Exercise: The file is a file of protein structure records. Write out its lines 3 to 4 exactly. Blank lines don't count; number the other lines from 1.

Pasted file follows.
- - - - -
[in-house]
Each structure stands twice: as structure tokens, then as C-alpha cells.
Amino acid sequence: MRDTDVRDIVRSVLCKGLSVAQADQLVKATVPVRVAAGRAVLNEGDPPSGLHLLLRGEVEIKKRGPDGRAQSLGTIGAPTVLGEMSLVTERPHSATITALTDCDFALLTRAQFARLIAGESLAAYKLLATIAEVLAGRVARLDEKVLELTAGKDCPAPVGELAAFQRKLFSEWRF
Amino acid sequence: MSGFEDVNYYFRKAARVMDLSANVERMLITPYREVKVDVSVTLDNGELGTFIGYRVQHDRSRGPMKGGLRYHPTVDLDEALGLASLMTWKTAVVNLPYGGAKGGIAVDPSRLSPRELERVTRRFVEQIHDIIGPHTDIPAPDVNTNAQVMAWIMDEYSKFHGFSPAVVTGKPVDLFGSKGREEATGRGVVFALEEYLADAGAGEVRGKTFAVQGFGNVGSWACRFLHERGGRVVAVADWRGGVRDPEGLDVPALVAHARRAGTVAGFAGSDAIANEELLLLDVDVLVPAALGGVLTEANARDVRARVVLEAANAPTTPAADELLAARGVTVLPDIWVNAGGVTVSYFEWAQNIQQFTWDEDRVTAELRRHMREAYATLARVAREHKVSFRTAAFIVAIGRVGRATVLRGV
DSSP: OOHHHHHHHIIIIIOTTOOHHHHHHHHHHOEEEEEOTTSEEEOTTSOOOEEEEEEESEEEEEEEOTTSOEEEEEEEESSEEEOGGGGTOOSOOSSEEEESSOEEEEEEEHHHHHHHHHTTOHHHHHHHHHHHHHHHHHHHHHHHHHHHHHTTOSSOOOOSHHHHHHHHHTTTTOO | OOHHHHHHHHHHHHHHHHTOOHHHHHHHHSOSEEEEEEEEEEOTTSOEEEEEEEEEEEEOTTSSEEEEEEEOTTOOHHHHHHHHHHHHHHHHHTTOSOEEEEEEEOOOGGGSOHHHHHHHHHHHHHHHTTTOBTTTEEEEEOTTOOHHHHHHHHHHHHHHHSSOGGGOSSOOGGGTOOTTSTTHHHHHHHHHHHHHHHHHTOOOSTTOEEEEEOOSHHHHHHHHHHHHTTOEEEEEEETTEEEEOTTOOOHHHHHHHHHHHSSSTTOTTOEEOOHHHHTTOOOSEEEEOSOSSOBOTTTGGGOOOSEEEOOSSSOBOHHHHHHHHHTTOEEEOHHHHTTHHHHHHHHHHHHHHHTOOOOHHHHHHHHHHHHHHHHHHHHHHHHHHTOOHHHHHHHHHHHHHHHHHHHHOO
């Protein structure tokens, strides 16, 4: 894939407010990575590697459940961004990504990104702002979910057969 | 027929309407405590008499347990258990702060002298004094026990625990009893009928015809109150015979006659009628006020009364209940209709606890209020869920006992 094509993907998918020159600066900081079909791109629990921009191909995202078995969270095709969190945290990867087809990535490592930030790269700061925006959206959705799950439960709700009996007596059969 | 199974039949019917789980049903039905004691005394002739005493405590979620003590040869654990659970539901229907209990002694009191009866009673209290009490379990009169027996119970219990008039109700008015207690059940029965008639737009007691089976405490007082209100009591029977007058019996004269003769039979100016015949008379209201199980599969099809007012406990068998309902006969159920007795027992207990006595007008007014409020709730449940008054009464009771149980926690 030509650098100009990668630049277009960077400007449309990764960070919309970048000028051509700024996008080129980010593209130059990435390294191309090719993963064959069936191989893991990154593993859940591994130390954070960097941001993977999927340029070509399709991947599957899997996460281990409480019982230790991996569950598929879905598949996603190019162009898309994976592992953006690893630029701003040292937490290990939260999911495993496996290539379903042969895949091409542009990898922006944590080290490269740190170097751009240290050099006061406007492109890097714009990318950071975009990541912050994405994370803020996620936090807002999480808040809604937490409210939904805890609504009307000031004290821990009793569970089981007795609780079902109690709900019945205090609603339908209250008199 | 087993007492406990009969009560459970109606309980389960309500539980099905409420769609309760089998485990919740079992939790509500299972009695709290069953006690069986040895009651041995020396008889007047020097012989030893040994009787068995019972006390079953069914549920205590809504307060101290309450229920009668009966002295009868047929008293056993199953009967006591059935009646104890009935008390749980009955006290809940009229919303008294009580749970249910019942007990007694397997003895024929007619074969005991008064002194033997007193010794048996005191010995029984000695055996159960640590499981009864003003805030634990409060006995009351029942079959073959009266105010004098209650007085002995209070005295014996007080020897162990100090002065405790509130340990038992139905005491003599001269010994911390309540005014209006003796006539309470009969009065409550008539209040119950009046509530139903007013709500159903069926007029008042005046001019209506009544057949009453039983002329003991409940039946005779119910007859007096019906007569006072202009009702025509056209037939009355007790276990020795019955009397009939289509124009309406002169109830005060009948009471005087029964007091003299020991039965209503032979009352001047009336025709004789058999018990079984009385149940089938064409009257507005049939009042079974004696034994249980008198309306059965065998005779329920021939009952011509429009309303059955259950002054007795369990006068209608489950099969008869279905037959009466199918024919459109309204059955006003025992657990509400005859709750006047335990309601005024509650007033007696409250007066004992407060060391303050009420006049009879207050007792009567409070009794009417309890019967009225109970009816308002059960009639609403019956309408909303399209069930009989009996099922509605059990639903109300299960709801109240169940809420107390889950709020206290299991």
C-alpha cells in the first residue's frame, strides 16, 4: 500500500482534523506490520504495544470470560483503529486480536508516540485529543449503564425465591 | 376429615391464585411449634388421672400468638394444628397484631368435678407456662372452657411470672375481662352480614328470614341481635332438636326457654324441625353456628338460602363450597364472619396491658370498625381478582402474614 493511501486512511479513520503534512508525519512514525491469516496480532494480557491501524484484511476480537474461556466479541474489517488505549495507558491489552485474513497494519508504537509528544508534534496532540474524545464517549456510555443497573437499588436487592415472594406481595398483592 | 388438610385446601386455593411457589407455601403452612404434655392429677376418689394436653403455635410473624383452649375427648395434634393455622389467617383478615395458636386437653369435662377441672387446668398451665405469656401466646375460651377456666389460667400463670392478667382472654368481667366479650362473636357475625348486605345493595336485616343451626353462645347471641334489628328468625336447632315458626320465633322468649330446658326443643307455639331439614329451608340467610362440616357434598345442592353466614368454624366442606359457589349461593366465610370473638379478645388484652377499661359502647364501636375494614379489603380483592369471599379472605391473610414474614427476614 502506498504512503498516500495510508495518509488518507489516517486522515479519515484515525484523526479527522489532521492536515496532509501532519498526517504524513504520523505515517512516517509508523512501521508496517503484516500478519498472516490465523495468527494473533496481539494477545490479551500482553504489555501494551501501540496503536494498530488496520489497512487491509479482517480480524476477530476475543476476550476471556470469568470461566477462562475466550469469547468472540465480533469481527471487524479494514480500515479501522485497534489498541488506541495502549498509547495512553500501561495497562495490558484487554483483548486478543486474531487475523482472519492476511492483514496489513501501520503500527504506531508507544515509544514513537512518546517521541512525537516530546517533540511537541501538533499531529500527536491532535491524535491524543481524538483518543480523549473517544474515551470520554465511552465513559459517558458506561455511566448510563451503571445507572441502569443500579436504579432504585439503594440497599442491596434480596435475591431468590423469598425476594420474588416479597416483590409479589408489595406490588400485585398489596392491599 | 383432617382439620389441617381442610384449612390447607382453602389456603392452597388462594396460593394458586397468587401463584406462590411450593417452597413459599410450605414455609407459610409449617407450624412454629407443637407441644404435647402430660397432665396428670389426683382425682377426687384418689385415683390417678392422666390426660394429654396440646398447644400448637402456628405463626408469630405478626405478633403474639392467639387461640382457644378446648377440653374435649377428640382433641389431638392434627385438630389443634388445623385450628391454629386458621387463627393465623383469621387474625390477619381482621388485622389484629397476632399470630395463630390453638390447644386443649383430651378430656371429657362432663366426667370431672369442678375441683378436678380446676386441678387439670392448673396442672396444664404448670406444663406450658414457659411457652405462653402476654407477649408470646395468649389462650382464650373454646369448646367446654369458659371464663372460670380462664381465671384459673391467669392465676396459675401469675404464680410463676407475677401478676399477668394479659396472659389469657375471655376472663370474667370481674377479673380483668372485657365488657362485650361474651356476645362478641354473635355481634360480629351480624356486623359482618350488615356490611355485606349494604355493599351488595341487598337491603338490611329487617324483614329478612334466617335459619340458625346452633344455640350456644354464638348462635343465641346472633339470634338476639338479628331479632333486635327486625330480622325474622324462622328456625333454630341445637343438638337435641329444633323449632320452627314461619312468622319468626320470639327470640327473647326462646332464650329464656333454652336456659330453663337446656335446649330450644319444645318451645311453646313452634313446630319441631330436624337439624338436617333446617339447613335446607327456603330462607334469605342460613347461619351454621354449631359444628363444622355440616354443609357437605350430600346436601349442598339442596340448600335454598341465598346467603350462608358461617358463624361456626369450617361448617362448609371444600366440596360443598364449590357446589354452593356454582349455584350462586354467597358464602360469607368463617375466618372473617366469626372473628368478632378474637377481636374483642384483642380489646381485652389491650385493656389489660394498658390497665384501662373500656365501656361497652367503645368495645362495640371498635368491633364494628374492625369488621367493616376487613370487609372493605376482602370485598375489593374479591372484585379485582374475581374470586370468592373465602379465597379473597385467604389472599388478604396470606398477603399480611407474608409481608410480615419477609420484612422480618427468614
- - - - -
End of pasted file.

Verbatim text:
Amino acid sequence: MRDTDVRDIVRSVLCKGLSVAQADQLVKATVPVRVAAGRAVLNEGDPPSGLHLLLRGEVEIKKRGPDGRAQSLGTIGAPTVLGEMSLVTERPHSATITALTDCDFALLTRAQFARLIAGESLAAYKLLATIAEVLAGRVARLDEKVLELTAGKDCPAPVGELAAFQRKLFSEWRF
Amino acid sequence: MSGFEDVNYYFRKAARVMDLSANVERMLITPYREVKVDVSVTLDNGELGTFIGYRVQHDRSRGPMKGGLRYHPTVDLDEALGLASLMTWKTAVVNLPYGGAKGGIAVDPSRLSPRELERVTRRFVEQIHDIIGPHTDIPAPDVNTNAQVMAWIMDEYSKFHGFSPAVVTGKPVDLFGSKGREEATGRGVVFALEEYLADAGAGEVRGKTFAVQGFGNVGSWACRFLHERGGRVVAVADWRGGVRDPEGLDVPALVAHARRAGTVAGFAGSDAIANEELLLLDVDVLVPAALGGVLTEANARDVRARVVLEAANAPTTPAADELLAARGVTVLPDIWVNAGGVTVSYFEWAQNIQQFTWDEDRVTAELRRHMREAYATLARVAREHKVSFRTAAFIVAIGRVGRATVLRGV